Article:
By Bianca Nogrady
- Chiropractors Association of Australia says three out of four randomised controlled trials of chiropractic treatment for colic in babies have shown benefits
- Cochrane Collaboration review of six such trials has found studies were too small and of “insufficient quality”
- RACP Paediatric Policy and Advocacy Committee chair says there is no evidence that newborns commonly have problems with spinal symmetry after a vaginal birth
- RACP chair says parents considering treatment should ask about the risks
To first-time parents, handling their newborn child is like holding a tiny creature made of the most delicate porcelain — but is also as floppy as a water balloon, and utterly helpless.
It is a slightly terrifying experience, until you get the hang of it.
So what then are we to make of the chiropractic treatment of newborns, which involves cracking their spine the way you might crack your knuckles?
Spinal realignment in young children is touted as a treatment for infantile conditions such as poor breastfeeding, colic and sleeping troubles.
An online video of such a treatment being applied to a four-day-old baby by Melbourne chiropractor Ian Rossborough (which has since been made private) drew a strong response in Australia and internationally earlier this year. It makes for uncomfortable viewing: there is a loud crack, as the chiropractor pushes his two fingers into the baby’s back.
The treatment was intended to resolve the baby’s persistent crying and colic, and in later statements the chiropractor said the treatment was successful.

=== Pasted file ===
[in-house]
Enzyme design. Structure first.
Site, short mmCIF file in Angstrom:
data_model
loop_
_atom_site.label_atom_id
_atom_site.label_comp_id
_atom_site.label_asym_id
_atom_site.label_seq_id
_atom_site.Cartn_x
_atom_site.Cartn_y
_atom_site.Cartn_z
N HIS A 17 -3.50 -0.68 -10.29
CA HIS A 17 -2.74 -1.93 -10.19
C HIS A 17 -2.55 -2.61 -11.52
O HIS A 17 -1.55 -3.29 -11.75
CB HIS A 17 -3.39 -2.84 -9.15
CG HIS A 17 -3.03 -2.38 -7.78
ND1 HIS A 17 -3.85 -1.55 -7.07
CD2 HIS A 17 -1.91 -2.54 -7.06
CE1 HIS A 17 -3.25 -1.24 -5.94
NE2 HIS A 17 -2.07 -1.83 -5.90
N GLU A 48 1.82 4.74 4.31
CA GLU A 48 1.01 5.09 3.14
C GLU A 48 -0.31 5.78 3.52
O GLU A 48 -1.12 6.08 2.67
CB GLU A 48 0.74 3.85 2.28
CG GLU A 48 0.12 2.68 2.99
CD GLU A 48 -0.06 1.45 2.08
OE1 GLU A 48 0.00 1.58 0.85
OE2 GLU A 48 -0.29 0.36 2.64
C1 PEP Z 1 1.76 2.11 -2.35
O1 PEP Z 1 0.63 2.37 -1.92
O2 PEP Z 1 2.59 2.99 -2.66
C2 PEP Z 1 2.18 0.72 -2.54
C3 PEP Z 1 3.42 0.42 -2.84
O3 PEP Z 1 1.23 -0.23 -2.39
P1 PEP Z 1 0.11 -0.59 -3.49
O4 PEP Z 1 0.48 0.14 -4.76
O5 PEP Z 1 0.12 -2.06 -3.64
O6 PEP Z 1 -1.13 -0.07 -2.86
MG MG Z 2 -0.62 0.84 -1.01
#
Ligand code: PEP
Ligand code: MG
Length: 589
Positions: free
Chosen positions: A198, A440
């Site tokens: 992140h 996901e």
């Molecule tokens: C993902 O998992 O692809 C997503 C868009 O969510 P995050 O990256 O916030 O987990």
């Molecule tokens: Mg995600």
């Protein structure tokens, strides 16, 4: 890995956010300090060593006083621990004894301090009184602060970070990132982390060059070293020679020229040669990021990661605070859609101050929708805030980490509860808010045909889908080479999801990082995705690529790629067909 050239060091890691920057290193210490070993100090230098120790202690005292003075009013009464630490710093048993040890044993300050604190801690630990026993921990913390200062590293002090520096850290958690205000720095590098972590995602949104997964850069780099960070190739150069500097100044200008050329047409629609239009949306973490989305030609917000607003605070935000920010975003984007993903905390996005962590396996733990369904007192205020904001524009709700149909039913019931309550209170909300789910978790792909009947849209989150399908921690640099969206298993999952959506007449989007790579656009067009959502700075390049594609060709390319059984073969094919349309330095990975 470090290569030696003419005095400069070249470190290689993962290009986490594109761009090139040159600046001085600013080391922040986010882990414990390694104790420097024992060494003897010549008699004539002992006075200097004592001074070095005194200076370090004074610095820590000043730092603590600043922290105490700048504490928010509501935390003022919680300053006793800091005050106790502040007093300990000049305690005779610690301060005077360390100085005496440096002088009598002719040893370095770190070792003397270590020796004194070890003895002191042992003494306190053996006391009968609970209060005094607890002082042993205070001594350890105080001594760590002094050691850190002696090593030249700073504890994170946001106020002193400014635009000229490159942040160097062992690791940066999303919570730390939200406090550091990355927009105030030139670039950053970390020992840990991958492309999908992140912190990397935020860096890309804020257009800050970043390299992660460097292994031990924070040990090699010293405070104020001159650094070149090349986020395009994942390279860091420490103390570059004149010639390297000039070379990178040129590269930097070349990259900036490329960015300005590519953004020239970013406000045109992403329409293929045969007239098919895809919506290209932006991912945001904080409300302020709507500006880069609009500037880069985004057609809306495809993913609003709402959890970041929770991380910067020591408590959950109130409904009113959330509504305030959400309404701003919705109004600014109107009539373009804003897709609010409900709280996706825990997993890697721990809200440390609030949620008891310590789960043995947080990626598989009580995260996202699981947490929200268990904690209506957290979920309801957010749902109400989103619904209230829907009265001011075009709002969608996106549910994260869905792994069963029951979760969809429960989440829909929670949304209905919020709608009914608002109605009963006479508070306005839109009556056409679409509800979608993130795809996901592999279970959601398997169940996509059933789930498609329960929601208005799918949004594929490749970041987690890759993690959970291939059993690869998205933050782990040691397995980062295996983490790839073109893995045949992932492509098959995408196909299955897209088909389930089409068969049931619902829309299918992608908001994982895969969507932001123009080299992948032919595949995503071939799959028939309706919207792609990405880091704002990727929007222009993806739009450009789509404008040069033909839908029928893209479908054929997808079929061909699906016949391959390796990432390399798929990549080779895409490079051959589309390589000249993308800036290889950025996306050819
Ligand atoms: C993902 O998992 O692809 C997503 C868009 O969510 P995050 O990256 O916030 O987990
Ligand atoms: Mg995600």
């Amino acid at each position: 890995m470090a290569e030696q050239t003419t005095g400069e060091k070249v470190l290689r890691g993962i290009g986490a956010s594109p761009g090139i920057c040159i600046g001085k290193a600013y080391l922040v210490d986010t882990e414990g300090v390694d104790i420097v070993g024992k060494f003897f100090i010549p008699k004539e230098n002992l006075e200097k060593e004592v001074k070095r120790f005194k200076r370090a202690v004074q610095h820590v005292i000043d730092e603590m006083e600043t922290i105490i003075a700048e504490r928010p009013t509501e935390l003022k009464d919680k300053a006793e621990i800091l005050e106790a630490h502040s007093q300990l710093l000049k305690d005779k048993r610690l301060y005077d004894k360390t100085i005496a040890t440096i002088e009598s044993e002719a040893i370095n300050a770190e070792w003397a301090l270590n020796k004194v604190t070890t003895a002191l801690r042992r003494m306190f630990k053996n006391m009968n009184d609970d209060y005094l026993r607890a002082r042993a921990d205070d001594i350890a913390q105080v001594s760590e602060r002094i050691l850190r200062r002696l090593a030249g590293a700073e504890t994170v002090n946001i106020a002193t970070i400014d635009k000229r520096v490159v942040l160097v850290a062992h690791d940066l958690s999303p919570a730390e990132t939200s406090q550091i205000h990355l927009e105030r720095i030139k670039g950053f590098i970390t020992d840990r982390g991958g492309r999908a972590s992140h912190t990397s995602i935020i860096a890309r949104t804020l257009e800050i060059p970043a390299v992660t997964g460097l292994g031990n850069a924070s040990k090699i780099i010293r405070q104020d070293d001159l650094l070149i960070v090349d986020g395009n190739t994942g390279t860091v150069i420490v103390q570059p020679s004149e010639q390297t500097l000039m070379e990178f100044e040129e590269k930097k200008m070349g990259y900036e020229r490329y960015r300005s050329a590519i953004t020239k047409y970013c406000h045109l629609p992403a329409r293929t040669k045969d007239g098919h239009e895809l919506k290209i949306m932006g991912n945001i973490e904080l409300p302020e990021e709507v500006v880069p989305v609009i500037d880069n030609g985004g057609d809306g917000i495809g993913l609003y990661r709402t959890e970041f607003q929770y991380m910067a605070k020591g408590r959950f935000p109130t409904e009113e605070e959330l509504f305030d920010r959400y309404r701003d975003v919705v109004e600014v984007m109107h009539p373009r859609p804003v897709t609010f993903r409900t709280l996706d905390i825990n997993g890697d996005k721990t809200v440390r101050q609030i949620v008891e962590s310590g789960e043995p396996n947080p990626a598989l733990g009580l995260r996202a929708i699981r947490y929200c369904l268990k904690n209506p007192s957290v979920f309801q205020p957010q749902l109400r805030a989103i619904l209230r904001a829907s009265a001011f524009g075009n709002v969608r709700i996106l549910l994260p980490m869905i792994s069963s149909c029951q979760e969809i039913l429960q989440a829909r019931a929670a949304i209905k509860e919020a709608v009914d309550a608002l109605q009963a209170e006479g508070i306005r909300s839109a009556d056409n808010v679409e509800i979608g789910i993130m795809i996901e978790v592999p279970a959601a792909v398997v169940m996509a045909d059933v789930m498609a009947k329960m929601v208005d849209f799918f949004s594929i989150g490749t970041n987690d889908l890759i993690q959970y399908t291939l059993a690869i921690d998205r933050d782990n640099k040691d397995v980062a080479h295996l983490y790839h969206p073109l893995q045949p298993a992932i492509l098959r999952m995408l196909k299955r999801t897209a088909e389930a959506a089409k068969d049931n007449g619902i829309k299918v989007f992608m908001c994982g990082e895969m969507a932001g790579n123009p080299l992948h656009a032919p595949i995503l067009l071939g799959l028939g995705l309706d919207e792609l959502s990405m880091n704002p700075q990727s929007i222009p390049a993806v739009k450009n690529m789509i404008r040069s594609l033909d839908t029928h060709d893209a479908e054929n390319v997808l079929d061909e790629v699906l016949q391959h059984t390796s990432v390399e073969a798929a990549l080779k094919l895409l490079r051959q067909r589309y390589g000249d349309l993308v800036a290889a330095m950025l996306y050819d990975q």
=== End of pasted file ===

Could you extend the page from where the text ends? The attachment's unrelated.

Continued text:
Dr Rossborough has since had restrictions placed on his practice.
But is there any truth to claims the process of vaginal birth mean newborns commonly have problems with spinal symmetry that require treatment?
Paediatrician Dr Jacqueline Small said no.
“There’s no evidence that there’s misalignment of the spine in the way that the chiropractors claim there is,” Dr Small said.
A baby sustaining physical trauma during childbirth would not only be highly unusual and rare, but it would also call for management by an appropriate medical specialist, she said.
Dr Small, who is chair of the Royal Australian College of Physicians’ (RACP) Paediatric Policy and Advocacy Committee and a member of the college’s Paediatrics and Child Health Division Council, said in the vast majority of otherwise healthy babies, there was no evidence of misalignment of the spinal cord.
“And there’s no evidence that this is related to any of the symptoms they might experience,” she said.
Addressing ‘imbalances in spinal symmetry’.
Manipulation of the spine is a mainstay of chiropractic therapy, according to the Chiropractors’ Association of Australia. Their website states that “the practice of chiropractic focuses on the relationship between structure (primarily the spine) and function (as coordinated by the nervous system) and how this relationship affects the preservation and restoration of health”.